Modern Award Review Process

Every four years the Fair Work Commission is required under the Fair Work Act 2009 to conduct a review of all Awards. The first review commenced on 1 January 2014 and despite many hearings, directions and decisions is still not completed. See the full article which summarises the more important parts of the review process to date.

Annual Leave

The Commission was asked to vary the annual leave clauses in all Awards to allow employers to better manage leave. The Commission agreed to include provisions for:

  • Excessive annual leave, which allows an employer to require an employee with more than 8 weeks accrued leave (10 weeks for a shift worker) to take some of the accrued leave, provided that the amount of accrued leave cannot be reduced to less than 6 weeks;
  • Cashing out annual leave, which allows an employer and individual employee to agree that the employee can forego the taking of the leave and take the cash equivalent instead;
  • Granting annual leave in advance, which allows an employer and individual employee to agree that leave may be taken and paid for before it has accrued.

The Commission is in favour of including these provisions, but final approval has not yet been given as the Commission is still in the process of finalising the wording to be used for each specific Award. We expect this to be finalised in the near future.

The Commission was also asked to vary all Awards by including provisions which would allow employees to purchase additional annual leave by way of reducing their ordinary wage rate. This part of the application was not approved.

AWARD FLEXIBILITY

The Commission has addressed a number of issues under the heading of Award Flexibility. The one of most importance is time off in lieu of overtime, or TOIL. TOIL provisions allow employees who have worked overtime to take paid time off work instead of being paid for the overtime worked. The Commission agreed to vary all Awards which do not currently include TOIL provisions and agreed to allow for TOIL on a time for time basis, rather than on a penalty rate equivalent basis. That means that if an employee works one hour overtime they can take one hour off work as paid time, and not one and one half hours (assuming the overtime penalty is time and one half). The Commission is in favour of including these provisions, but final approval has not yet been given as the Commission is still in the process of finalising the wording to be used for each specific Award. We expect this to be finalised in the near future.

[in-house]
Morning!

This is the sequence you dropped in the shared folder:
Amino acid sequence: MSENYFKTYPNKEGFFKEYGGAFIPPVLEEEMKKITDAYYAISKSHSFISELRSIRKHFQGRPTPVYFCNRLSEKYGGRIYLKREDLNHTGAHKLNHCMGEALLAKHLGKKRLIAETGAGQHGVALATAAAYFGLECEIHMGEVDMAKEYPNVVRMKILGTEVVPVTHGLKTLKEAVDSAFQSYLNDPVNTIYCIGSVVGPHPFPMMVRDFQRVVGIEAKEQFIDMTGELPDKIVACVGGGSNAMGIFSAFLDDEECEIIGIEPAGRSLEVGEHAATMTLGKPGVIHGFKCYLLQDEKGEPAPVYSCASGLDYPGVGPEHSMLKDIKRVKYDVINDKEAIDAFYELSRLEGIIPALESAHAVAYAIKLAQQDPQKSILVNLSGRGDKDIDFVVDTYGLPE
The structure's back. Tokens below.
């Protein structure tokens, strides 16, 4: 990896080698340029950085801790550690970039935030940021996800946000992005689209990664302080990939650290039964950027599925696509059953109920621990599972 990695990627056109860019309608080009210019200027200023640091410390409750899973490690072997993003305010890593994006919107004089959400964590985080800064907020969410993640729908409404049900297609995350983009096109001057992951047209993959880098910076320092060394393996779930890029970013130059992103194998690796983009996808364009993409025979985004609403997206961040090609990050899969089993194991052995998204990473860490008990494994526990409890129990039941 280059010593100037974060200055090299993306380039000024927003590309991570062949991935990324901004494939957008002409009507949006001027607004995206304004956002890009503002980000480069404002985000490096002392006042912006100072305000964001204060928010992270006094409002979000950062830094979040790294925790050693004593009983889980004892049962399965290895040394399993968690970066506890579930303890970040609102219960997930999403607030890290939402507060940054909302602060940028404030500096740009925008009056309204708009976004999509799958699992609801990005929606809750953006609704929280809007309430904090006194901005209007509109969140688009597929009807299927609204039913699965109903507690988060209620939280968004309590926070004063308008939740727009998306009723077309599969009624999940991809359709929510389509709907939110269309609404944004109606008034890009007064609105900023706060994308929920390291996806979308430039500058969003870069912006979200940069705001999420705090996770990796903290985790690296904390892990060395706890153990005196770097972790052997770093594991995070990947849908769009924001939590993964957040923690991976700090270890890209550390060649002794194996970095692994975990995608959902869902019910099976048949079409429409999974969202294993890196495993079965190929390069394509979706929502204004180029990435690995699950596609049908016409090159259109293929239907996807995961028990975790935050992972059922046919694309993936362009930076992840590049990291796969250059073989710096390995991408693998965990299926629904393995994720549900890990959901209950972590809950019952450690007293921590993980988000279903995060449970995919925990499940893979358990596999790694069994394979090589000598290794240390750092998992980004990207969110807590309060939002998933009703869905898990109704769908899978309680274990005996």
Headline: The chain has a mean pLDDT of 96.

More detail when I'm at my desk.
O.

PENALTY RATES

The Commission was asked to review penalty rates in hospitality related Awards. No decision has yet been made in relation to this part of the review process and we do not expect a decision in the near future.

ALLEGED NES INCONSISTENCIES

Some Awards contained provisions which were thought to be inconsistent with the National Employment Standards. As the NES provide for minimum entitlements, any Award provision which sought to reduce any of the NES have no legal standing, but the Commission decided to vary inconsistent provisions to reduce, or avoid, confusion. It is not possible in this short summary to detail all of the changes made, but to give an example, a number of Awards had annual leave accruing on a monthly basis. This was inconsistent with the NES, which simply state that leave accrues progressively (technically, for each hour worked), and the Commission has deleted all such provisions. Another example was the Horse and Greyhound Training Award 2010 which provided for less notice of termination than the NES require. The Commission also deleted those provisions.

 If you would like Quartz Consulting to conduct a thorough search of your particular Award to determine if any similar changes have been made, please contact one of our consultants.

FAMILY FRIENDLY PROVISIONS

The ACTU asked that in addition to existing personal leave provisions, the Commission include paid family and domestic violence leave in all Awards. The claim also included variations to existing parental leave provisions, including paid antenatal leave. Hearings in relation to these matters are ongoing and a decision appears to be some way off.

CASUAL AND PART-TIME EMPLOYMENT

The Commission has addressed the following matters, chiefly with a view to determining if standard provisions can be included across a large number of Awards: part-time minimum engagement; part-time rostering and pattern of hours; part-time overtime; casual minimum engagement; casual conversion (to part-time); and restrictions on casual engagement. Although many parties to the hearings have submitted draft clauses, the Commission is yet to make any decisions to vary Awards.